1. You study your project and see what concepts you want to show; for example, prices, availability, or a long etcetera among the thousands of concepts available.
  2. You study Schema.org to know what tags you should offer to the search engine.
  3. You work on a system to automatically label each time this concept appears. To do this, the most normal thing is to always put the fields you want to capture in the same place and launch a script that captures them one by one and puts them in the corresponding Schema.org tag.

I assure you that the complicated part is the study, the implementation falls into the field of “no big deal”

3. How to see if they are well implemented

Before you go any further, I have to tell you something important: Google doesn’t show your rich formats all the time, far from it!

But he will always take them into account to position yourself, since it is information that you give him.

Therefore, looking for yourself to check if they are okay is a very bad idea .

However, Google has a rich format tester; For this you have it very easy, you just have to go to your Google Webmaster Tools account (the link goes to the full tutorial I did on my blog) and:

  • Enter the property you want (that is, the site you want).
  • Go to “Appearance in the browser”.
  • Click on “Data Marker”.
  • At the top right you will see a red button that says “Start Markup”.
  • Click and put the URL you want to test.
  • And now you have it.

How to get a Rank#0? Moz tells us in this study

Last January the people of Moz published a very interesting article about the enriched formats in the search engine (obviously, in the United States).

It was so interesting that it is the main reason why I am writing here since, when Berto proposed it to me, I couldn’t help but think: let’s do something nice.

The study, roughly speaking, was based on studying many Google SERPs and their enriched formats (14 million, neither more nor less), all of them of the Rank # 0 type, that is, those that position themselves at the top.

The conclusions of the study are that:

1. They work great for questions

That is, if a question begins with:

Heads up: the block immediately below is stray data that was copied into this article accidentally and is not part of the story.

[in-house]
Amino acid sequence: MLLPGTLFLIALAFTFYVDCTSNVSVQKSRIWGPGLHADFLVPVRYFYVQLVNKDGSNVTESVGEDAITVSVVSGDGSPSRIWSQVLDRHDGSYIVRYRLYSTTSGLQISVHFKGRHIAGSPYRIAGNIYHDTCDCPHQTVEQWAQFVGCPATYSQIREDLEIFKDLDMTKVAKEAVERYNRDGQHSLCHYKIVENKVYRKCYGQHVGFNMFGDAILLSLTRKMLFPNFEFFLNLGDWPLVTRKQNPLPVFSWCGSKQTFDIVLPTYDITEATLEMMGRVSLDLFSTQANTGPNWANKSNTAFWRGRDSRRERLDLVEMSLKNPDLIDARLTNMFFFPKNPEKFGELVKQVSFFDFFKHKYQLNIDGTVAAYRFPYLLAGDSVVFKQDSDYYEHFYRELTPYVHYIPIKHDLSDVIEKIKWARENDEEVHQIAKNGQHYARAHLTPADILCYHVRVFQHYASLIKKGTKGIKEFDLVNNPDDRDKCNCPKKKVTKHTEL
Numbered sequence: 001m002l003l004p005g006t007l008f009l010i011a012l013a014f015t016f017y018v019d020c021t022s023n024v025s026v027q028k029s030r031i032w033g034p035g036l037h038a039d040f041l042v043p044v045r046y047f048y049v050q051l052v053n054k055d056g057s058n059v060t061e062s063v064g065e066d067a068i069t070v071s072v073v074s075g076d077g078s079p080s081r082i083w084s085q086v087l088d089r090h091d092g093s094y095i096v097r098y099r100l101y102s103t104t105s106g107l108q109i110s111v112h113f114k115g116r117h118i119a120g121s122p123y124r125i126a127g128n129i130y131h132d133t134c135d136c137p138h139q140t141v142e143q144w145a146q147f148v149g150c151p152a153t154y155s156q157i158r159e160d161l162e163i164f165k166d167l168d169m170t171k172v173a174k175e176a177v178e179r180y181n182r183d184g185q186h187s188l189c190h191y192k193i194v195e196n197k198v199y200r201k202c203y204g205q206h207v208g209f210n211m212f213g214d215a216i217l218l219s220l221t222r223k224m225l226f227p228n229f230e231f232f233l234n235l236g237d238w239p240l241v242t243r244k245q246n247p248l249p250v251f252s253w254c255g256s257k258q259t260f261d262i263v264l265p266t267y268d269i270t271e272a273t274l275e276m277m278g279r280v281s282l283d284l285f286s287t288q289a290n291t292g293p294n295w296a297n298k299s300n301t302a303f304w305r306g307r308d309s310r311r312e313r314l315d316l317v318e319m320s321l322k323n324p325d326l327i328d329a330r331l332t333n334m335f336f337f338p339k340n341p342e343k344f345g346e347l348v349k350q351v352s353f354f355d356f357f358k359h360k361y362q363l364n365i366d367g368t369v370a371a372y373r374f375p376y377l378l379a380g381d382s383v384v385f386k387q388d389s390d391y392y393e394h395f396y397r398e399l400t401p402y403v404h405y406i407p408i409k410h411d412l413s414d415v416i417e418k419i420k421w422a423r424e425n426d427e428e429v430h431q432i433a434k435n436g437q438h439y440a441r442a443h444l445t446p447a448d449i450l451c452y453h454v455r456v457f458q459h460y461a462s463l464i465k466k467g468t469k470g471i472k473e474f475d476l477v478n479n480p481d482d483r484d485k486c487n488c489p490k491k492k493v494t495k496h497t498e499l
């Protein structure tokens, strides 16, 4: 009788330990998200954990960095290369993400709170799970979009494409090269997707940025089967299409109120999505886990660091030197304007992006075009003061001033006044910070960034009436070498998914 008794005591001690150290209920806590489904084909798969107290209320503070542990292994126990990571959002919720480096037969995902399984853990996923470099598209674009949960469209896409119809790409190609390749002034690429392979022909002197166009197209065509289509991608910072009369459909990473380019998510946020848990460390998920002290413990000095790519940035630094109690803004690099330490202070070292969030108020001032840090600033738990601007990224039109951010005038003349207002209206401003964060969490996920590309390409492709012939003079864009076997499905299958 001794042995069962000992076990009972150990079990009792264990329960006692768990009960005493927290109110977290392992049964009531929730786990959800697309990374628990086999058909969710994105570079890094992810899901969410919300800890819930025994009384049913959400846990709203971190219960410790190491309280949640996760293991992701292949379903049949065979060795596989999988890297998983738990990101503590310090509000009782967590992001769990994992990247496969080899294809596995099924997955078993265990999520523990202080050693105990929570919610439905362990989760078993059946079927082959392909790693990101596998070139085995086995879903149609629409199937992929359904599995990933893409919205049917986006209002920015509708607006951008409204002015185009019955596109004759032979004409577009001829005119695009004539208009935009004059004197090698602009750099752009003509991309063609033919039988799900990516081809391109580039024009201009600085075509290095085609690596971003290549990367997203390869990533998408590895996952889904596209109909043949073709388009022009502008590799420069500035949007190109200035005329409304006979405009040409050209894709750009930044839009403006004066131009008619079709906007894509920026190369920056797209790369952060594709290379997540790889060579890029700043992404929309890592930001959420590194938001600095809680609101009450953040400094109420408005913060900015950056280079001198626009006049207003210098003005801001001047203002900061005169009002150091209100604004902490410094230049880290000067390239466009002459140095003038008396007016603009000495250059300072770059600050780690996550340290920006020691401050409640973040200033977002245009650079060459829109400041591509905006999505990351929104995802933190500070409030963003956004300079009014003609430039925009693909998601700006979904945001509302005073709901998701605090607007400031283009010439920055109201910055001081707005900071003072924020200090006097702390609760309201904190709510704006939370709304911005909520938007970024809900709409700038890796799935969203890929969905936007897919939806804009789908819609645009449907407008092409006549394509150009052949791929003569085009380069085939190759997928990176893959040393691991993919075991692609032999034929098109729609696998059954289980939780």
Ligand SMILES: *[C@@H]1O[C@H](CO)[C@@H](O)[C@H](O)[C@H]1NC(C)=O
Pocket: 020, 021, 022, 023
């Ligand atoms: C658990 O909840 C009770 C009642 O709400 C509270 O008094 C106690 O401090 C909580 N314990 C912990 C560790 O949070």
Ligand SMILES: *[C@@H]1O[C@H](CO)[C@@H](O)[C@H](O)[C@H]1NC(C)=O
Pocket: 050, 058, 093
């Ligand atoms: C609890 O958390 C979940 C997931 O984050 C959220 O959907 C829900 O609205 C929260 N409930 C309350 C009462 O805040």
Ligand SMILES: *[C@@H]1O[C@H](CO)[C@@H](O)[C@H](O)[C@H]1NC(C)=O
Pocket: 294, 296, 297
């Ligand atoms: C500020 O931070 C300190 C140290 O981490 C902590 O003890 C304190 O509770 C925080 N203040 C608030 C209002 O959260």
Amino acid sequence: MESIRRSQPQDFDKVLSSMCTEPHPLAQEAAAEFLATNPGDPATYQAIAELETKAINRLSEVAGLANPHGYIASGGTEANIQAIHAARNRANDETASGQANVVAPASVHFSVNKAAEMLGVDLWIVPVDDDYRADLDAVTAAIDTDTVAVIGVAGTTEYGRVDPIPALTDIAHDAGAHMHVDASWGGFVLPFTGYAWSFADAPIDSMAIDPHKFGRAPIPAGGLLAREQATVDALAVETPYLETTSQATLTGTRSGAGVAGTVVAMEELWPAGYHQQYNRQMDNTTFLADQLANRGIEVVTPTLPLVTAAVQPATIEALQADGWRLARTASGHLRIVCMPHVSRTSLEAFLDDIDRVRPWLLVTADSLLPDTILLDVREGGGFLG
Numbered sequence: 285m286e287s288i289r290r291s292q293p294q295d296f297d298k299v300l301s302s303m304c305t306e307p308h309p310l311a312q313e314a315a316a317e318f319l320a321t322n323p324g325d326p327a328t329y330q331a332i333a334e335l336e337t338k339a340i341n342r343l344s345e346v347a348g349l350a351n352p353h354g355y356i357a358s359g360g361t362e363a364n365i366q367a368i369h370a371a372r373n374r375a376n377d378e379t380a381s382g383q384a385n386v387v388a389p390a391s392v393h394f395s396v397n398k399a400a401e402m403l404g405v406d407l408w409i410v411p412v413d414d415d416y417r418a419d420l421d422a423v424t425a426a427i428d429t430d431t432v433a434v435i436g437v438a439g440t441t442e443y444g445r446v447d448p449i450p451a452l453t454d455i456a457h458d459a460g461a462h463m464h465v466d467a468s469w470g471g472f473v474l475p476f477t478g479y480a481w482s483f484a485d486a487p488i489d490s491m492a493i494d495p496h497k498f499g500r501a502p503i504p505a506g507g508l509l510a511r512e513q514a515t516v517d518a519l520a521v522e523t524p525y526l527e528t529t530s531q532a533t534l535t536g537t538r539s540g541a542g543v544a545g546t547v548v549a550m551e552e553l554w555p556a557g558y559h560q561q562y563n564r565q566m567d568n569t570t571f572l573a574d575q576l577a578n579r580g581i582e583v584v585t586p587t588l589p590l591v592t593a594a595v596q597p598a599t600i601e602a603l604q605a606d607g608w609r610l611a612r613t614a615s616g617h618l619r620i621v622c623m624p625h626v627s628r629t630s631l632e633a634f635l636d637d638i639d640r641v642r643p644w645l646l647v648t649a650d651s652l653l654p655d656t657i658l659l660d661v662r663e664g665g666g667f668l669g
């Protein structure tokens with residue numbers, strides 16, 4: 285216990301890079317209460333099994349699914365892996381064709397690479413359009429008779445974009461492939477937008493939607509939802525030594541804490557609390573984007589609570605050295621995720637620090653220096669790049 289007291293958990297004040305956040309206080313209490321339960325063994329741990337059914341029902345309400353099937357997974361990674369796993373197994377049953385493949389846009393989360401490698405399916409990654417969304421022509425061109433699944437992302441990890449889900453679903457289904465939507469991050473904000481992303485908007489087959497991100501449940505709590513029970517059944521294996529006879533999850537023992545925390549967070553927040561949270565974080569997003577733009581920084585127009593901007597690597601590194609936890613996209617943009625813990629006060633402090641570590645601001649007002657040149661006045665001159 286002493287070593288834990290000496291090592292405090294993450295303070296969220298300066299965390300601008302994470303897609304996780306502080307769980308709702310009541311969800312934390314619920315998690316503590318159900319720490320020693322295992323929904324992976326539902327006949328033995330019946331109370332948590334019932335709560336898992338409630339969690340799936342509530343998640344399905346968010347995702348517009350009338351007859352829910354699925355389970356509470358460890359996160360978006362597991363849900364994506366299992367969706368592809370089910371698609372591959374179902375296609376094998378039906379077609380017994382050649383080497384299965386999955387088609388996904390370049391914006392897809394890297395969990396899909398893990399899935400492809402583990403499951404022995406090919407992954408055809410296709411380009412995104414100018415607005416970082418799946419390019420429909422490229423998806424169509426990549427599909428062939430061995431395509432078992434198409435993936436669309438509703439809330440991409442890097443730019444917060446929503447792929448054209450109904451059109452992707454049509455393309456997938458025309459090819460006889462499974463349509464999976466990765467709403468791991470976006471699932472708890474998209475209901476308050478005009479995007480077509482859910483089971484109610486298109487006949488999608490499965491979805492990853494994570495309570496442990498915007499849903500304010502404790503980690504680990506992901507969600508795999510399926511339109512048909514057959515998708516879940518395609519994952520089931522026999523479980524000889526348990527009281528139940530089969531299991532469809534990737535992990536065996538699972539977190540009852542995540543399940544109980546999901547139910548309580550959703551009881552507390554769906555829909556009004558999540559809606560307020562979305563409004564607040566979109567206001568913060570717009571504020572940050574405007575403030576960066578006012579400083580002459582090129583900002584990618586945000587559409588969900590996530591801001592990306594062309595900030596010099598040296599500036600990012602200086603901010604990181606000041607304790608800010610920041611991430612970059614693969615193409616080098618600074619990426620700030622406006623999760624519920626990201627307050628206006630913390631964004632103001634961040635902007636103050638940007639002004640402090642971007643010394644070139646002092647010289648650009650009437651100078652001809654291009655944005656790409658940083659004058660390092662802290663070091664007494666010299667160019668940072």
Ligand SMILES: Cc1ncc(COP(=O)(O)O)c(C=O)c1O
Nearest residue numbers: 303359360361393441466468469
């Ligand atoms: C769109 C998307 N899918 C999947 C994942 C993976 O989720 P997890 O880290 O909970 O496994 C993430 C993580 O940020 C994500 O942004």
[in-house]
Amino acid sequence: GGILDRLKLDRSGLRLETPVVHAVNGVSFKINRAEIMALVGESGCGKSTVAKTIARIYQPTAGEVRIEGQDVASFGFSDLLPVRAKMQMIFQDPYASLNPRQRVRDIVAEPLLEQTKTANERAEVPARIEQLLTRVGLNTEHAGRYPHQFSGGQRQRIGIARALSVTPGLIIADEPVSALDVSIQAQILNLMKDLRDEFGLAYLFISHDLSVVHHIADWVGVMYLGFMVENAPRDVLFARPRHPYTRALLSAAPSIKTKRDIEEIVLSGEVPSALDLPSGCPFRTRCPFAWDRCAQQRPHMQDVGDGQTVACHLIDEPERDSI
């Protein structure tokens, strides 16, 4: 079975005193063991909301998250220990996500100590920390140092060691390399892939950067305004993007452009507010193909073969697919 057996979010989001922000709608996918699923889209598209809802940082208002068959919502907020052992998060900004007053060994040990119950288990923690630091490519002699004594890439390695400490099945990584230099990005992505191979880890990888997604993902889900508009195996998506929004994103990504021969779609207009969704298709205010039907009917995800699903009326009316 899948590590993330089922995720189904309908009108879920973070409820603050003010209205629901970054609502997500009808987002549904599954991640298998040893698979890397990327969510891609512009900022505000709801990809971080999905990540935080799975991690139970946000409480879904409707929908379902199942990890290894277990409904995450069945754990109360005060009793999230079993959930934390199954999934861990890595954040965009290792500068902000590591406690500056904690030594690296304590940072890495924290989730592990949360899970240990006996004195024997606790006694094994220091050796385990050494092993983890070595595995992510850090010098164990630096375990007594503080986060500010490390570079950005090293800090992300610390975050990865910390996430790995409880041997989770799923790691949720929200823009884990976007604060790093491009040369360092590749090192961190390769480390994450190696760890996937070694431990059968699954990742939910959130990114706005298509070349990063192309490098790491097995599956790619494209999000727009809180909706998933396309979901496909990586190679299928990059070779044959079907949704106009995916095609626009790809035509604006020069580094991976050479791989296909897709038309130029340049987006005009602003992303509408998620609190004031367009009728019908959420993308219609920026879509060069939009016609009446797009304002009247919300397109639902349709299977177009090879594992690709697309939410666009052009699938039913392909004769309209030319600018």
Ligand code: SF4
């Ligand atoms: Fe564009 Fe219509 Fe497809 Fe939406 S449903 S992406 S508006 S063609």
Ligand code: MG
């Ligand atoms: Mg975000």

• How.
  • Who.
  • What.
  • May.
  • And many others, a total of 16 different particles.

There is a high probability that this SERP result contains a Rank#0 enriched format that is going to eat up a good part of the visibility (and visits, of course).

What they detected in this case was that, normally, the result of that Rich Snippet was of the “paragraph + image” format, except for the “how” particle that moves more or less in the middle of the paragraph and list probability.

If you think about it, it’s totally logical; when someone searches for “How + something else” it is normal that the best result is a list on how to do precisely what the user is asking.

However, in the rest of the particles “Who+something else”, “What+something else”, it is normal for most of them to appear in paragraphs.

What’s the catch here: “Copy” the winning format into your rich formats, for more opportunities.

2. And also with some prepositions

Prepositions like:

  • For.
  • What.
  • A.
  • With.
  • Without.

They list these Rank#0-type enriched formats with lists more times than any other study group, but even so, the majority continues to be the paragraph format.

The trick is here: search before writing the rich formats tag and copy the format of whatever Google is rewarding for that search.

3. Finally, comparisons

Finally, I would like to talk to you about everything that has to do with comparisons, from the typical “Against” to “Vs”, “Versus” linked to the particle “price”.

Once again the paragraph wins but, as you can imagine, the tables also have a high prominence , to define that comparison even better.

4. How do I make my rich formats long?

The study goes further and even gives the average and maximum data for each of the three; would:

  • For a paragraph, it is best to move between 40 and 50 words; the study maximum is 97 words.
  • For a list, the average is around 4 items and a maximum of 8. As for words, a maximum of 11 words per item.
  • For a table, the average is 3 and a half lines, a maximum of 9 lines x 3 columns.